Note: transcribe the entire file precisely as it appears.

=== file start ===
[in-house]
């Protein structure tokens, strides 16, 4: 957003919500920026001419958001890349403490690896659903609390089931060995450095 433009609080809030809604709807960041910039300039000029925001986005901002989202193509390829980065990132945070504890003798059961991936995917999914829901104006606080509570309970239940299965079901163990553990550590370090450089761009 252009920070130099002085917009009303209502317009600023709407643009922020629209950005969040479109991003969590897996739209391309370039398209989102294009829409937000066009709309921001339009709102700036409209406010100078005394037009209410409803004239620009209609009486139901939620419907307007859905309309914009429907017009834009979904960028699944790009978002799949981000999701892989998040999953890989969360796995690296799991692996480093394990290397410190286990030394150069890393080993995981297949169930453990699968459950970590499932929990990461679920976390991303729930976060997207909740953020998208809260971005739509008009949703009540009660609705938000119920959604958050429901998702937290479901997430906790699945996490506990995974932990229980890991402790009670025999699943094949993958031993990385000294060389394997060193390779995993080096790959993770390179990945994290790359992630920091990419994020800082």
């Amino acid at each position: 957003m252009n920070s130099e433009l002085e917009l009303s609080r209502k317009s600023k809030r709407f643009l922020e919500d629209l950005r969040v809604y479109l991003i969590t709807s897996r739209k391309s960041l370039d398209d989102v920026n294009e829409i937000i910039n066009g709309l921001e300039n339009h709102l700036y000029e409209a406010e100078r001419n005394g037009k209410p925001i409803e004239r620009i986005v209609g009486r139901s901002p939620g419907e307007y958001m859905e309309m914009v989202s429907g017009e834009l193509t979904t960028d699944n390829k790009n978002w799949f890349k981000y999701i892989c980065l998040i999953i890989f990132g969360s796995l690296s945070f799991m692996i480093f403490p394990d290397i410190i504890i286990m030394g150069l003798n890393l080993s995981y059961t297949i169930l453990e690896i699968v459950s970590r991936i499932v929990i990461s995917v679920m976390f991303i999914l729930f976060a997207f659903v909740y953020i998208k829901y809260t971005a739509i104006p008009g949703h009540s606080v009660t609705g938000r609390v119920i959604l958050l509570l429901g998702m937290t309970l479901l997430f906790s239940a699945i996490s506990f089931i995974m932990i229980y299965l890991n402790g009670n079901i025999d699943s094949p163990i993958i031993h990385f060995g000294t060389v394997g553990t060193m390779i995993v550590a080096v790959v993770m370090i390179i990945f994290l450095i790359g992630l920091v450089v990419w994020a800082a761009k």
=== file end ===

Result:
[in-house]
């Protein structure tokens, strides 16, 4: 957003919500920026001419958001890349403490690896659903609390089931060995450095 433009609080809030809604709807960041910039300039000029925001986005901002989202193509390829980065990132945070504890003798059961991936995917999914829901104006606080509570309970239940299965079901163990553990550590370090450089761009 252009920070130099002085917009009303209502317009600023709407643009922020629209950005969040479109991003969590897996739209391309370039398209989102294009829409937000066009709309921001339009709102700036409209406010100078005394037009209410409803004239620009209609009486139901939620419907307007859905309309914009429907017009834009979904960028699944790009978002799949981000999701892989998040999953890989969360796995690296799991692996480093394990290397410190286990030394150069890393080993995981297949169930453990699968459950970590499932929990990461679920976390991303729930976060997207909740953020998208809260971005739509008009949703009540009660609705938000119920959604958050429901998702937290479901997430906790699945996490506990995974932990229980890991402790009670025999699943094949993958031993990385000294060389394997060193390779995993080096790959993770390179990945994290790359992630920091990419994020800082």
């Amino acid at each position: 957003m252009n920070s130099e433009l002085e917009l009303s609080r209502k317009s600023k809030r709407f643009l922020e919500d629209l950005r969040v809604y479109l991003i969590t709807s897996r739209k391309s960041l370039d398209d989102v920026n294009e829409i937000i910039n066009g709309l921001e300039n339009h709102l700036y000029e409209a406010e100078r001419n005394g037009k209410p925001i409803e004239r620009i986005v209609g009486r139901s901002p939620g419907e307007y958001m859905e309309m914009v989202s429907g017009e834009l193509t979904t960028d699944n390829k790009n978002w799949f890349k981000y999701i892989c980065l998040i999953i890989f990132g969360s796995l690296s945070f799991m692996i480093f403490p394990d290397i410190i504890i286990m030394g150069l003798n890393l080993s995981y059961t297949i169930l453990e690896i699968v459950s970590r991936i499932v929990i990461s995917v679920m976390f991303i999914l729930f976060a997207f659903v909740y953020i998208k829901y809260t971005a739509i104006p008009g949703h009540s606080v009660t609705g938000r609390v119920i959604l958050l509570l429901g998702m937290t309970l479901l997430f906790s239940a699945i996490s506990f089931i995974m932990i229980y299965l890991n402790g009670n079901i025999d699943s094949p163990i993958i031993h990385f060995g000294t060389v394997g553990t060193m390779i995993v550590a080096v790959v993770m370090i390179i990945f994290l450095i790359g992630l920091v450089v990419w994020a800082a761009k």